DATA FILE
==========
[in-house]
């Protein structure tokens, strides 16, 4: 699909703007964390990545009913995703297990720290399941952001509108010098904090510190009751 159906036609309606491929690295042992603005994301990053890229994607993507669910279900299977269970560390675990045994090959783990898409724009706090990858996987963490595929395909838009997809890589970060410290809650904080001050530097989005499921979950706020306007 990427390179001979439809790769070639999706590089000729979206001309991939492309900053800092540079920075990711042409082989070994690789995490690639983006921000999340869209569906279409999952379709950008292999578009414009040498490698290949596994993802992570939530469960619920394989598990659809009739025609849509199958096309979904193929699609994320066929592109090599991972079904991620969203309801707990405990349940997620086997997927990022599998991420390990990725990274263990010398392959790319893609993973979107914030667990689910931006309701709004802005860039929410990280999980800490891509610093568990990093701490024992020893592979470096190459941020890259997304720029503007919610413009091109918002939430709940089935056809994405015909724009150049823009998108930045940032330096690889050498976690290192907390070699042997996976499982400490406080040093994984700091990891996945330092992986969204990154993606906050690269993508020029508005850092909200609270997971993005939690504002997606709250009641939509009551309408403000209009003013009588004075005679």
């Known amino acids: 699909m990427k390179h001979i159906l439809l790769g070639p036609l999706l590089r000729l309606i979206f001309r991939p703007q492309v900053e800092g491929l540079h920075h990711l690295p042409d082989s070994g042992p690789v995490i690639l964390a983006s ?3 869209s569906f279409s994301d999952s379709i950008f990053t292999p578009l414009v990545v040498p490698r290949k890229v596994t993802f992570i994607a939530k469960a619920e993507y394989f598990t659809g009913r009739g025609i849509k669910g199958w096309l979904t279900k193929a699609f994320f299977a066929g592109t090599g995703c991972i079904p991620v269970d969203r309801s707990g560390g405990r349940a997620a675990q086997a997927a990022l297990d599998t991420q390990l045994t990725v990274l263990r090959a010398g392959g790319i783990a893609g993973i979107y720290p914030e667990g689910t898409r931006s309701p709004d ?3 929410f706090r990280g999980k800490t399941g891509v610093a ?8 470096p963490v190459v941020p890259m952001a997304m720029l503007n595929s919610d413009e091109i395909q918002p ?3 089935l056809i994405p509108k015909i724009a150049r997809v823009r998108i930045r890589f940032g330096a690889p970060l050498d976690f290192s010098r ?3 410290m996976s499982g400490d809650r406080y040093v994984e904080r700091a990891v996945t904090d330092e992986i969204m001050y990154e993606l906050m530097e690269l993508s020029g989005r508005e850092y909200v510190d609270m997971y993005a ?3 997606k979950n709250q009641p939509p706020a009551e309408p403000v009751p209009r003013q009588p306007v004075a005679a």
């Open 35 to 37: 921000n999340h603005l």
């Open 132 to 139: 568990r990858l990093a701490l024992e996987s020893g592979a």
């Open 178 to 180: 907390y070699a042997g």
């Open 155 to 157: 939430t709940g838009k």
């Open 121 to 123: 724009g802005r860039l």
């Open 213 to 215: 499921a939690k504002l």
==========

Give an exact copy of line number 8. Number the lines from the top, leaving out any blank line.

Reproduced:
């Open 121 to 123: 724009g802005r860039l």